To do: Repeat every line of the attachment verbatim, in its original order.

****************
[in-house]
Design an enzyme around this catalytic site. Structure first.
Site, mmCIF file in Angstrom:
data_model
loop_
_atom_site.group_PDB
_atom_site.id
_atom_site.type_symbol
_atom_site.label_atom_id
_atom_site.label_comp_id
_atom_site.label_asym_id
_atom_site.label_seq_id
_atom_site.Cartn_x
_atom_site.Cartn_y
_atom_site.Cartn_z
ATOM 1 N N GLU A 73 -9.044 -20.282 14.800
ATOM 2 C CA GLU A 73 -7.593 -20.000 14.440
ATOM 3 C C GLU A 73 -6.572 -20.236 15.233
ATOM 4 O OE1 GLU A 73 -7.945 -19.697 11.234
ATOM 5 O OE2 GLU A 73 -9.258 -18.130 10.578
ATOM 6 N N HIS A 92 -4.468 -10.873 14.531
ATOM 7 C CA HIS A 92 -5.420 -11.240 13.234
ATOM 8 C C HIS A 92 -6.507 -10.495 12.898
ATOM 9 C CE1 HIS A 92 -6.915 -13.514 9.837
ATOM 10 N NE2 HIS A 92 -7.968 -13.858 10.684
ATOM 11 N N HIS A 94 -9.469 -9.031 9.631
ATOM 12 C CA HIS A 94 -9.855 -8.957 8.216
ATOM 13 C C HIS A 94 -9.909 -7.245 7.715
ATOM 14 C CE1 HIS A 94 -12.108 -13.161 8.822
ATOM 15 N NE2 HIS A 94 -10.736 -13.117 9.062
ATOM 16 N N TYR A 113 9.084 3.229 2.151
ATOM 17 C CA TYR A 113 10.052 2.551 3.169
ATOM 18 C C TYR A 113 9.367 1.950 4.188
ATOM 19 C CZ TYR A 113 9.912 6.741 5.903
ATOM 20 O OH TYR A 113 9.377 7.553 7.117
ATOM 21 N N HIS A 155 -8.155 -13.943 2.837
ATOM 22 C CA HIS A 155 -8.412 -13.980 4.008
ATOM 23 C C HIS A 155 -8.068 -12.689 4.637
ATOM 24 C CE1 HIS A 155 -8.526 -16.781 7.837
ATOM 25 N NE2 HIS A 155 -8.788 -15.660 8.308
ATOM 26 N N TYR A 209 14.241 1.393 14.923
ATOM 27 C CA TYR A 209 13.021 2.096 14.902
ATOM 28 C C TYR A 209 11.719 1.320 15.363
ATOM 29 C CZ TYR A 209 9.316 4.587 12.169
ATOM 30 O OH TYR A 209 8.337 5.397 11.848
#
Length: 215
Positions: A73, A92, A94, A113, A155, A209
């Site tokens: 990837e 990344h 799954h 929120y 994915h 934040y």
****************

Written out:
[in-house]
Design an enzyme around this catalytic site. Structure first.
Site, mmCIF file in Angstrom:
data_model
loop_
_atom_site.group_PDB
_atom_site.id
_atom_site.type_symbol
_atom_site.label_atom_id
_atom_site.label_comp_id
_atom_site.label_asym_id
_atom_site.label_seq_id
_atom_site.Cartn_x
_atom_site.Cartn_y
_atom_site.Cartn_z
ATOM 1 N N GLU A 73 -9.044 -20.282 14.800
ATOM 2 C CA GLU A 73 -7.593 -20.000 14.440
ATOM 3 C C GLU A 73 -6.572 -20.236 15.233
ATOM 4 O OE1 GLU A 73 -7.945 -19.697 11.234
ATOM 5 O OE2 GLU A 73 -9.258 -18.130 10.578
ATOM 6 N N HIS A 92 -4.468 -10.873 14.531
ATOM 7 C CA HIS A 92 -5.420 -11.240 13.234
ATOM 8 C C HIS A 92 -6.507 -10.495 12.898
ATOM 9 C CE1 HIS A 92 -6.915 -13.514 9.837
ATOM 10 N NE2 HIS A 92 -7.968 -13.858 10.684
ATOM 11 N N HIS A 94 -9.469 -9.031 9.631
ATOM 12 C CA HIS A 94 -9.855 -8.957 8.216
ATOM 13 C C HIS A 94 -9.909 -7.245 7.715
ATOM 14 C CE1 HIS A 94 -12.108 -13.161 8.822
ATOM 15 N NE2 HIS A 94 -10.736 -13.117 9.062
ATOM 16 N N TYR A 113 9.084 3.229 2.151
ATOM 17 C CA TYR A 113 10.052 2.551 3.169
ATOM 18 C C TYR A 113 9.367 1.950 4.188
ATOM 19 C CZ TYR A 113 9.912 6.741 5.903
ATOM 20 O OH TYR A 113 9.377 7.553 7.117
ATOM 21 N N HIS A 155 -8.155 -13.943 2.837
ATOM 22 C CA HIS A 155 -8.412 -13.980 4.008
ATOM 23 C C HIS A 155 -8.068 -12.689 4.637
ATOM 24 C CE1 HIS A 155 -8.526 -16.781 7.837
ATOM 25 N NE2 HIS A 155 -8.788 -15.660 8.308
ATOM 26 N N TYR A 209 14.241 1.393 14.923
ATOM 27 C CA TYR A 209 13.021 2.096 14.902
ATOM 28 C C TYR A 209 11.719 1.320 15.363
ATOM 29 C CZ TYR A 209 9.316 4.587 12.169
ATOM 30 O OH TYR A 209 8.337 5.397 11.848
#
Length: 215
Positions: A73, A92, A94, A113, A155, A209
């Site tokens: 990837e 990344h 799954h 929120y 994915h 934040y």